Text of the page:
Saturday, October 26, 2013

Virtual HBCUs -- Three Potential Strategic Alliances

Last updated: Saturday 10/26/13 @ 4:03 pm
Welcome to "Fantasy Alliance!!!" -- the serious game wherein readers who are deeply committed to the future well-being of the nation's 106 HBCUs configure strategic alliances among small groups of HBCUs. These alliances would act as virtual HBCUs whose members would pool their resources via the Internet so that they could share costs and benefits. 

Virtual HBCUs should be configured so that they have far stronger academic advantages in the increasingly competitive higher education market --  especially if the virtual HBCUs engaged strategic partners -- than the members of the alliance would have if they continued to function autonomusly, 

As the host of this blog, I'll start the game by presenting three of my own fantasy alliances, each having five members, plus brief notes about my rationale for selecting each member. Readers are invited to submit comments about my alliances, then propose their own alliances, OK? ... :-)  

A.  "NC Public" ...  North Carolina's Five Public HBCUs
  • Elizabeth City State University
  • Fayetteville State University
  • North Carolina A&T University
  • North Carolina Central University
  • Winston-Salem State University
Rationale:
  • Unlike the State of Maryland, until recently the State of North Carolina provided exemplary support for its public HBCUs. Hopefully the North Carolina's current political leadership will soon recognize the fact that the state's five public HBCUs do a far better job of providing effective learning opportunities for the state's black students than most of the state's 11 other public universities. (See the link to the post on this blog about North Carolina's public HBCUs listed in the "Related Notes" section at the bottom of this page.)
     
  • An optimist to my core, I sincerely believe that "good" can always get "better" ... which is why my gut says that the NC Fab Five would become even more productive if they engaged in joint development of their on-campus and off-campus blended and online courses.
     
  • Engaging a strategic partner might enable "NC Public" to jointly offer high quality, revenue generating, online degrees and certificate programs in high-demand STEM fields that none would be able to sustain by themselves.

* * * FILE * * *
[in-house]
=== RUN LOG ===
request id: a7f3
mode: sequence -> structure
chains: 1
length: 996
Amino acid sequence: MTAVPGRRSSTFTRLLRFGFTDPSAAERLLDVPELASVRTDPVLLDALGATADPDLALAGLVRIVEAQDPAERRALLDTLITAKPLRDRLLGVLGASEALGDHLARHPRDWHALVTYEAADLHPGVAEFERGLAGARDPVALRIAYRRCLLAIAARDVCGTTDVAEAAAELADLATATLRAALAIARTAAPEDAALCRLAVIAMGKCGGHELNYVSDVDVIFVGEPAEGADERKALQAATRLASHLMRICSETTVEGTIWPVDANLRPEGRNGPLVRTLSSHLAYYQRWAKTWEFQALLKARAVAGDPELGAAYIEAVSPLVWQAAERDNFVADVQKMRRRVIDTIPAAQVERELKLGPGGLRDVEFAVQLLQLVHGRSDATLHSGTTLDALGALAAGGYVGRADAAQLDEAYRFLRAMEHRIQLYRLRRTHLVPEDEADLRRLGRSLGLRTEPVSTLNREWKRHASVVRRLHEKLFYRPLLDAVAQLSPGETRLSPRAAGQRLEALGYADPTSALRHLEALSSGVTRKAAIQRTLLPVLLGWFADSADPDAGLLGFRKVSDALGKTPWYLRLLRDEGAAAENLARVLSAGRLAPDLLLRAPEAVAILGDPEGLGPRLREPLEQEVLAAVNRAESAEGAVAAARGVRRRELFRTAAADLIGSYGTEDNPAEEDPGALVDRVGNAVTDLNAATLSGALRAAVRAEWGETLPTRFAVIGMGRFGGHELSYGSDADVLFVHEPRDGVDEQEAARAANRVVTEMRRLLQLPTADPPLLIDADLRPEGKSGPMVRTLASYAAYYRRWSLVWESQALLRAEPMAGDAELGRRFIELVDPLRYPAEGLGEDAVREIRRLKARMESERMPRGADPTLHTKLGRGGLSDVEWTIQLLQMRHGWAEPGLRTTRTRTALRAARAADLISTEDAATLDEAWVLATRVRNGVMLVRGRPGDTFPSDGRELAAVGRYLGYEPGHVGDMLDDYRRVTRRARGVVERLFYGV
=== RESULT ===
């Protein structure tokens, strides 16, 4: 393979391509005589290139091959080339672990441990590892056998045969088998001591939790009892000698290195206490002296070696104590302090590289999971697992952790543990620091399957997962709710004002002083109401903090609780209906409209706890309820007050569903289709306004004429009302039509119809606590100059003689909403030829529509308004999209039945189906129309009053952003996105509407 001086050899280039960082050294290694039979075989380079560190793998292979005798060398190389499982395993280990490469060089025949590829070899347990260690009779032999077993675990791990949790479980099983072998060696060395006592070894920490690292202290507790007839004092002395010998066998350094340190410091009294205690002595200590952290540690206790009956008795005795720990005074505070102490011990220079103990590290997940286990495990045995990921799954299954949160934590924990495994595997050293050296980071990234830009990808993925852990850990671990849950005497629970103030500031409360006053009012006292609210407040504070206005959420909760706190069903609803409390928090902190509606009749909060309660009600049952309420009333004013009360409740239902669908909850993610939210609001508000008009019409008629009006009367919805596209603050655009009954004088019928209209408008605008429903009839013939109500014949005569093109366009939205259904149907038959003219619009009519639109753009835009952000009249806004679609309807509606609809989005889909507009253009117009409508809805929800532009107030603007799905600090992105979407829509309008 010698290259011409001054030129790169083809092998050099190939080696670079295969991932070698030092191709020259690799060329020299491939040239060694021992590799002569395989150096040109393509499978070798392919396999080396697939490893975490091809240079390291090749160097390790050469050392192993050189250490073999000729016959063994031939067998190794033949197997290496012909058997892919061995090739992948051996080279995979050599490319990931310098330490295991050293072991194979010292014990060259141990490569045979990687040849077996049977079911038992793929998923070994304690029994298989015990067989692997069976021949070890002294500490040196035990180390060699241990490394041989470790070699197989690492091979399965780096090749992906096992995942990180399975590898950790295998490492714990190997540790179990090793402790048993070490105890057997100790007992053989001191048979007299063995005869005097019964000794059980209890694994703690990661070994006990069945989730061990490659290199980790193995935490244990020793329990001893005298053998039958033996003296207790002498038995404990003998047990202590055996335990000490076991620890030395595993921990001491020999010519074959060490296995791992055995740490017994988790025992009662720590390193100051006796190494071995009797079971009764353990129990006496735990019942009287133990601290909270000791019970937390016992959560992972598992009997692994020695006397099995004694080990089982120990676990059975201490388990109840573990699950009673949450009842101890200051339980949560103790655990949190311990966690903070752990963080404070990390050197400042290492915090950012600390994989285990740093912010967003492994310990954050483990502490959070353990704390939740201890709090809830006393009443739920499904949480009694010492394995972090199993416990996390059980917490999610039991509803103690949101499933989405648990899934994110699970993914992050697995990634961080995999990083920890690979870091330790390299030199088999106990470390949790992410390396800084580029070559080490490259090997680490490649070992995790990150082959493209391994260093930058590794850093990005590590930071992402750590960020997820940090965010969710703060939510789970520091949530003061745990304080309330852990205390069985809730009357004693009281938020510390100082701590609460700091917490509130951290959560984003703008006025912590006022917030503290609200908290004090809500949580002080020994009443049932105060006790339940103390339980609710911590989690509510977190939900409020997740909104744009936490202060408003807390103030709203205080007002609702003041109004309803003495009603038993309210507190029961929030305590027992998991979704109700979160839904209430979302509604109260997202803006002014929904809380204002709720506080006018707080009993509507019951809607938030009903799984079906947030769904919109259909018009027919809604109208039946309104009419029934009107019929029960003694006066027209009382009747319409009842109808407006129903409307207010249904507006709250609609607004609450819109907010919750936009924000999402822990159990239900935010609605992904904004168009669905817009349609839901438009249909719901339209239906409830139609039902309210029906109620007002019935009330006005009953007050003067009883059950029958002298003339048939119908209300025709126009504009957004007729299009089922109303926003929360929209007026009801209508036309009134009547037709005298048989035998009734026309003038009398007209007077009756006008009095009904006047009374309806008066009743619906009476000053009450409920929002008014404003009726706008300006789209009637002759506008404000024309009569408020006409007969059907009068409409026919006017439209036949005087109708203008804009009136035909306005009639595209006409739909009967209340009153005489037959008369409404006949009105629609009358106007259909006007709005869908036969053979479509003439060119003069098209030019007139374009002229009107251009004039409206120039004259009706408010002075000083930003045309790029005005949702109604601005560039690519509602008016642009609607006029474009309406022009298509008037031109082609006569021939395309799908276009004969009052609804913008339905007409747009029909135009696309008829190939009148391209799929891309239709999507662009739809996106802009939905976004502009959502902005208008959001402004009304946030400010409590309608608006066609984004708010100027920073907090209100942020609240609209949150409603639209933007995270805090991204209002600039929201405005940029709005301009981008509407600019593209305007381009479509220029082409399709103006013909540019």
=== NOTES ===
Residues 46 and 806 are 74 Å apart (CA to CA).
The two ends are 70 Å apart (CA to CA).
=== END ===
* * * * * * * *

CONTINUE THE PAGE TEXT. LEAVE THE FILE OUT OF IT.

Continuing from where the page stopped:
B.  "(HU)2M2S" ... Four Private +  One Public
  • Hampton University, VA
  • Howard University, DC
  • Morehouse College, GA
  • Morgan State University, MD
  • Spelman College, GA
Rationale:
  • I designated this virtual HBCU with a formula rather than a conventional name in order to suggest that, like some chemical compounds, this alliance might prove to be very powerful and/or highly volatile ... so volatile that I can't imagine it producing any joint degrees or certificate programs ... :-)
     
  • However I can easily imagine its members jointly developing game changing innovations in blended and online courses for their on-campus students.
     
  • And I would be especially hopeful that this alliance of tech-savvy HBCUs would become a virtual incubator that would produce MOOCs and virtual labs that would provide the same kinds of creative stimulation and technical support for the nation's black high-tech entrepreneurs that Stanford and UC Berkeley have provided for white entrepreneurs in Silicon Valley. 

    Note: In December 2012, Morgan State University engaged Udacity as a strategic partner to help it produce a MOOC (Diverse Issues, 12/3/12) -- perhaps the first MOOC produced by an HBCU.

    Note: Morgan State University is sponsoring an "HBCU Hackathon Tour" on 11/1/13

C. "EOServ Partners" ... 4 Public + 1 Private
  • Jackson State University, MS
  • Southern University and A&M College, LA
  • Southern University New Orleans (SUNO), LA
  • Southern University at Shreveport (SUSLA), LA
  • Tougaloo College, MS
Rationale:
  • At least eight HBCUs have engaged the Education Online Services Corporation (EOServ) as their strategic partner for producing online degree and certificate programs, five of whom are members of this fantasy alliance. Accordingly, there is reason to believe that EOServ understands HBCUs better than any other provider of online services. However, to my knowledge, EOServ is a small corporation that is not affiliated with a highly capitalized equity fund. Therefore it cannot afford to finance the kinds of multimillion dollar, multi-year marketing and recruitment campaigns that could ultimately generate substantial additional revenue for its strategic partners.

    IMHO what EOServ can do is to help its strategic partners substantially expand their enrollment base by launching the broadest possible array of online degree and certificate programs for off-campus students, including programs offered jointly by members of the alliance. EOServ's tech staff should ensure that these programs offer courses that embody current best practices in online pedagogy and make optimal use of the programs' learning management systems.

    I would also hope that pooling their resources in order to share costs and benefits would enable the members of this alliance to achieve economies of scale that would enable them jointly develop online programs that were more affordable for off-campus students. More affordable programs would be more accessible to more off-campus students.

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Related Notes: